Headquarters for the former Standard Oil Refinery in Casper Wyoming. This building, with additional new construction is now a branch of branch of tbe University of Wyoming's Wyoming Technology Business Center.
Every once in awhile I'll have some of these photos, taken for one of my blogs, that I end up not being sure what to do with. This is an example of that.
I took these sometime during the summer of 2015, while down on the Platte River Commons pathway. I was probably riding my bicycle down there. After that, I didn't put them up as I wasn't quite sure where they belonged. My original thought was that they should go on Painted Bricks, our blog dedicated to signs painted on buildings, but there aren't any signs painted on this building, and the old Standard Oil sign has been removed. Having said that, there is a major sidewalk feature here, and I do put sidewalk features on our Painted Bricks blog, so there will probably be an entry there after all.
Instead, I decided to put this up here because of this somewhat sad memorial at this location.
Now, there were people who died one way or another at the refinery over the many years it was in operation, but this monument is simply to people who worked there from 1913 up until it closed in 1991. When it closed, it came somewhat close to being a mortal blow to the city, which was already really hurting at that time. Having said that, the decline of the refinery, which had at one time been enormous and one of the prime economic engines of the city, was obvious for years.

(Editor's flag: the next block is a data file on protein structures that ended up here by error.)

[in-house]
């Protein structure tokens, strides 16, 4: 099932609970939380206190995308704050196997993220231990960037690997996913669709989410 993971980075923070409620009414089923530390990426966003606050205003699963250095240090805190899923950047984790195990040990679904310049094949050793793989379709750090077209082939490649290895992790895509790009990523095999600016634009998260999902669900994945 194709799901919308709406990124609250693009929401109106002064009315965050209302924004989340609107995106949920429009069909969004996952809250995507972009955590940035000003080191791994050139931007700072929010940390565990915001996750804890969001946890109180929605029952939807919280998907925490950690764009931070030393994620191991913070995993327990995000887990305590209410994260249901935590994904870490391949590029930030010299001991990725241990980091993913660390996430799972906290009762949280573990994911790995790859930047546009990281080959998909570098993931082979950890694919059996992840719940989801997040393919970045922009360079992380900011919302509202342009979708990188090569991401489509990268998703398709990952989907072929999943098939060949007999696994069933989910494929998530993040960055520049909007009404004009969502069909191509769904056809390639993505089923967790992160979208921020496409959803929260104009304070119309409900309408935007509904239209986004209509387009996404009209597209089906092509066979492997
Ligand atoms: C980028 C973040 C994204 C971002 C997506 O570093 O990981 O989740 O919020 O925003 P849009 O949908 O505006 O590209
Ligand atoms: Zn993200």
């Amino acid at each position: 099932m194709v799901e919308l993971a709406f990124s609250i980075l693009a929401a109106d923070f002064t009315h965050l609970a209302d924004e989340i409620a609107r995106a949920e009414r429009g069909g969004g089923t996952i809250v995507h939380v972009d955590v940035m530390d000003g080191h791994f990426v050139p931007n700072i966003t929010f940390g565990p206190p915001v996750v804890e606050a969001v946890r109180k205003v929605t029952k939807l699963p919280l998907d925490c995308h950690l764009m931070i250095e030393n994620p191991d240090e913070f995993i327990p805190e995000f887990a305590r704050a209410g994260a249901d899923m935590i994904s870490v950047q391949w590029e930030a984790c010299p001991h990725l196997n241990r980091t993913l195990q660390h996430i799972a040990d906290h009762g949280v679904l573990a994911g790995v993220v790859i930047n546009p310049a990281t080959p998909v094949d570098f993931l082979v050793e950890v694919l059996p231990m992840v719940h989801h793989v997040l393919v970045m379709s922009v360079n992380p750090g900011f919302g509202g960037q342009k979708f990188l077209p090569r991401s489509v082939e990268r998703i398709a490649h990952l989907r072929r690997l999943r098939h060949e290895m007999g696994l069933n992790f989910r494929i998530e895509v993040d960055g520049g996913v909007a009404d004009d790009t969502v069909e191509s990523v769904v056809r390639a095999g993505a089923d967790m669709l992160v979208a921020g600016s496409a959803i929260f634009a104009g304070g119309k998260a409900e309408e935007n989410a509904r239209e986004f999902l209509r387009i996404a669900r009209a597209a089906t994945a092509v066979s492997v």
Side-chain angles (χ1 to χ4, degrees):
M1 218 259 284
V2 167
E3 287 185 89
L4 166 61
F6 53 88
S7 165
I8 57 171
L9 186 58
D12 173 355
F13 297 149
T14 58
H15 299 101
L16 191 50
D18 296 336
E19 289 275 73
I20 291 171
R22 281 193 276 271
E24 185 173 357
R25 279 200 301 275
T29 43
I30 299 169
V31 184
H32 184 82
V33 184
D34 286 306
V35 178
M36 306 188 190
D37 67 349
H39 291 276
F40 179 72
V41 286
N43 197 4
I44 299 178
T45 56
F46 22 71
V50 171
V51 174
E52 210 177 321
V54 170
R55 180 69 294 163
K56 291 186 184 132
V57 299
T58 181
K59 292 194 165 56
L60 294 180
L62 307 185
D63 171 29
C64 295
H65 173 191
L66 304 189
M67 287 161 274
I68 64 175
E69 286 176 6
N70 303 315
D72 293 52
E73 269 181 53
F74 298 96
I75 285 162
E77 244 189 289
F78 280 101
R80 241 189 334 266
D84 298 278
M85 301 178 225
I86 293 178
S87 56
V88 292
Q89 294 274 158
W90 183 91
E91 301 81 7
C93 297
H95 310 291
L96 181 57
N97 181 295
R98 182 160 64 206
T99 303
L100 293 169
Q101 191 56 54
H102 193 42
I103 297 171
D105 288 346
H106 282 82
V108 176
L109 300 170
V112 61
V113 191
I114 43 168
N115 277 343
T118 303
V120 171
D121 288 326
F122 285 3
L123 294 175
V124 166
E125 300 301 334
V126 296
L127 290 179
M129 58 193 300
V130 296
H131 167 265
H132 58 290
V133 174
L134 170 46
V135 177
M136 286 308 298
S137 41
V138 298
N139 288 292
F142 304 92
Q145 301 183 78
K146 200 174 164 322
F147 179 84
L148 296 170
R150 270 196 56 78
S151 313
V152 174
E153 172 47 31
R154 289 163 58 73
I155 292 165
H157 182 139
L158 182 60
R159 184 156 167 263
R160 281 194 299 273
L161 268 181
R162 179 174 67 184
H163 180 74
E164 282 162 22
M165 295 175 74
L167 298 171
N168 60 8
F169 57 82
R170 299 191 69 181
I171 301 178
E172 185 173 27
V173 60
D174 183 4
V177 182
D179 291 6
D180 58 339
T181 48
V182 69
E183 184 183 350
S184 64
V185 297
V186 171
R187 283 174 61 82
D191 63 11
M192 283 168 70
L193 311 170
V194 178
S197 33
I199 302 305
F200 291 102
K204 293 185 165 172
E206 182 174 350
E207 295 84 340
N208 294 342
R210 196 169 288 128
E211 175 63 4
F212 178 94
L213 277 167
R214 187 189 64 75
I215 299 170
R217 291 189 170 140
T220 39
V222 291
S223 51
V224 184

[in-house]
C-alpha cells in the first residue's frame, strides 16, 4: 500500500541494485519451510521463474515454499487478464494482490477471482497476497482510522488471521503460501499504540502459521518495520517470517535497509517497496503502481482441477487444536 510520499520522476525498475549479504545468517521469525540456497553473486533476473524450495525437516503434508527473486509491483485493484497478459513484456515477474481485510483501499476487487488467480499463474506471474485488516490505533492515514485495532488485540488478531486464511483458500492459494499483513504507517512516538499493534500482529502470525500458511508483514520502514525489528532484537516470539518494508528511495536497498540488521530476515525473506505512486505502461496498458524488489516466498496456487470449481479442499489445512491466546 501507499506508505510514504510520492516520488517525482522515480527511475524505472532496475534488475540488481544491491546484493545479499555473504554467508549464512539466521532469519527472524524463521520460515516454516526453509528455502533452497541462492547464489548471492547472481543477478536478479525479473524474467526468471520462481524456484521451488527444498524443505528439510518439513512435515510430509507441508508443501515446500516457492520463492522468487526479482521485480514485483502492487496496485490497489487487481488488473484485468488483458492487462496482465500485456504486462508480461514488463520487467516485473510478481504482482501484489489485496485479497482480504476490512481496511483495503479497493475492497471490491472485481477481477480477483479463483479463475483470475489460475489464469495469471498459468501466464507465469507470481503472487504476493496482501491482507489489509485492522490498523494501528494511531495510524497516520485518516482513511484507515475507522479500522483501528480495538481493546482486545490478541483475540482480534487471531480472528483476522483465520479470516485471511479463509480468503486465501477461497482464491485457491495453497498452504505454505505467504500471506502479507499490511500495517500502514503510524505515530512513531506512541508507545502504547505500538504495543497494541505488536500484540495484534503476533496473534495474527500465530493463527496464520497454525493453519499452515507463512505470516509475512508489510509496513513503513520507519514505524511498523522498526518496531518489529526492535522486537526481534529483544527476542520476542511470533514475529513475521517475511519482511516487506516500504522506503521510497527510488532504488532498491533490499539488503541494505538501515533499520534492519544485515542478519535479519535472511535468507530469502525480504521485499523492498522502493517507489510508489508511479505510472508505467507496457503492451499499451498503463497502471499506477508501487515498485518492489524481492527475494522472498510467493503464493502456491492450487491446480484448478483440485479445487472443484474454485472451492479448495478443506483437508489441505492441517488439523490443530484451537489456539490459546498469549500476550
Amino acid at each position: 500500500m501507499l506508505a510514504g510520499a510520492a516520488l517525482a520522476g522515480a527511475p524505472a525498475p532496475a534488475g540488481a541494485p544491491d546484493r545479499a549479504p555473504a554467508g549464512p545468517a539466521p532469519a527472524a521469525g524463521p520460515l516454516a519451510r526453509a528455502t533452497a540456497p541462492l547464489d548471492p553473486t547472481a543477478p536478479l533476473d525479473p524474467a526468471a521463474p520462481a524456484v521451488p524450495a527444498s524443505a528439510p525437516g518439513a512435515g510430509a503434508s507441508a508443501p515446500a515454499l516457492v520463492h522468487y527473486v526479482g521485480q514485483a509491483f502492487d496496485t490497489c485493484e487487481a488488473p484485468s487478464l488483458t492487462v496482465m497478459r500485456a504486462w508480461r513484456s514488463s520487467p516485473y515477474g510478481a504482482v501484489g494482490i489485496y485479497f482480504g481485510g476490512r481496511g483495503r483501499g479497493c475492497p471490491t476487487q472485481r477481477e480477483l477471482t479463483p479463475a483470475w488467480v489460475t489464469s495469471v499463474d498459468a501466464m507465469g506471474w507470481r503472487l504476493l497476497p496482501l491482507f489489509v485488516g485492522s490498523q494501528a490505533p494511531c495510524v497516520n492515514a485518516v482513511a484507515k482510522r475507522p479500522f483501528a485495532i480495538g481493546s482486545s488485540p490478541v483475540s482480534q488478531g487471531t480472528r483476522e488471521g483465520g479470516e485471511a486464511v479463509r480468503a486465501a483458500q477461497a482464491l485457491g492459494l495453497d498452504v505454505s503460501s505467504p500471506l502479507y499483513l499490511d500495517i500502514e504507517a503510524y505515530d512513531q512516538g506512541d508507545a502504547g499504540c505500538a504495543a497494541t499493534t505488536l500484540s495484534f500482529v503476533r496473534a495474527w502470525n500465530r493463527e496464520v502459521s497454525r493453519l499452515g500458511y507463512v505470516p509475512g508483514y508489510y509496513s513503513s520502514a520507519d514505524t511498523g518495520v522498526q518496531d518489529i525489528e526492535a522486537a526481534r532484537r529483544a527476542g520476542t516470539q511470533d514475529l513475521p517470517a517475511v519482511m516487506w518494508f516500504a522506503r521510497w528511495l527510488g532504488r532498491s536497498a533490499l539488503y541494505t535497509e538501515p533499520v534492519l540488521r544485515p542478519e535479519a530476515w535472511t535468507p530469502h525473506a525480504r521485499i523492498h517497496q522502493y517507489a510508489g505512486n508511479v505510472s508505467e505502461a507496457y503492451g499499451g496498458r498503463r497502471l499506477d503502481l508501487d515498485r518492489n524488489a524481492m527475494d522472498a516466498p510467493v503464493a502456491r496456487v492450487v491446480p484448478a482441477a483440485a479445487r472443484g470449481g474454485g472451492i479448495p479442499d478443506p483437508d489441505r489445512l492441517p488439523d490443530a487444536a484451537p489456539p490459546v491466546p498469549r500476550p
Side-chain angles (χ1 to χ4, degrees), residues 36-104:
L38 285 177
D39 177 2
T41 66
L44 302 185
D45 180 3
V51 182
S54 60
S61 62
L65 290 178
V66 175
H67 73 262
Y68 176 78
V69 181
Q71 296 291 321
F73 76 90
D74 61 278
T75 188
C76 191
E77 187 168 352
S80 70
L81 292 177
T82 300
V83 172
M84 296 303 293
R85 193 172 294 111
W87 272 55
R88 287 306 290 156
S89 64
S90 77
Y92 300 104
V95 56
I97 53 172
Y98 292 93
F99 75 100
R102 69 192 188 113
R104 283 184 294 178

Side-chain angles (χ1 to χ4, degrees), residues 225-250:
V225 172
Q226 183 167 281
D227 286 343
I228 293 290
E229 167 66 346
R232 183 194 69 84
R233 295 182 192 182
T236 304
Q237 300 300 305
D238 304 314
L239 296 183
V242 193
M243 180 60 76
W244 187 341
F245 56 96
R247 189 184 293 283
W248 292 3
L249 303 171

When the refinery was operating, this building was on the edge of the refinery, along the old Yellowstone Highway, prior to that highway being moved across the river. As a kid I must have ridden as a passenger in my parents vehicle past it countless times. I can remember it quite well, and frankly it looks newer now than it did then.
I don't know when the building was built, but as the refinery opened in 1913, chances are that it was right around then. The substantial refinery, now a golf course, was a major Natrona County employer and its closure really nearly ended an era in the town. The town had three refineries up until about that time, but only one of them, the Sinclair refinery, remains today. The Standard Oil refinery was the largest of the three.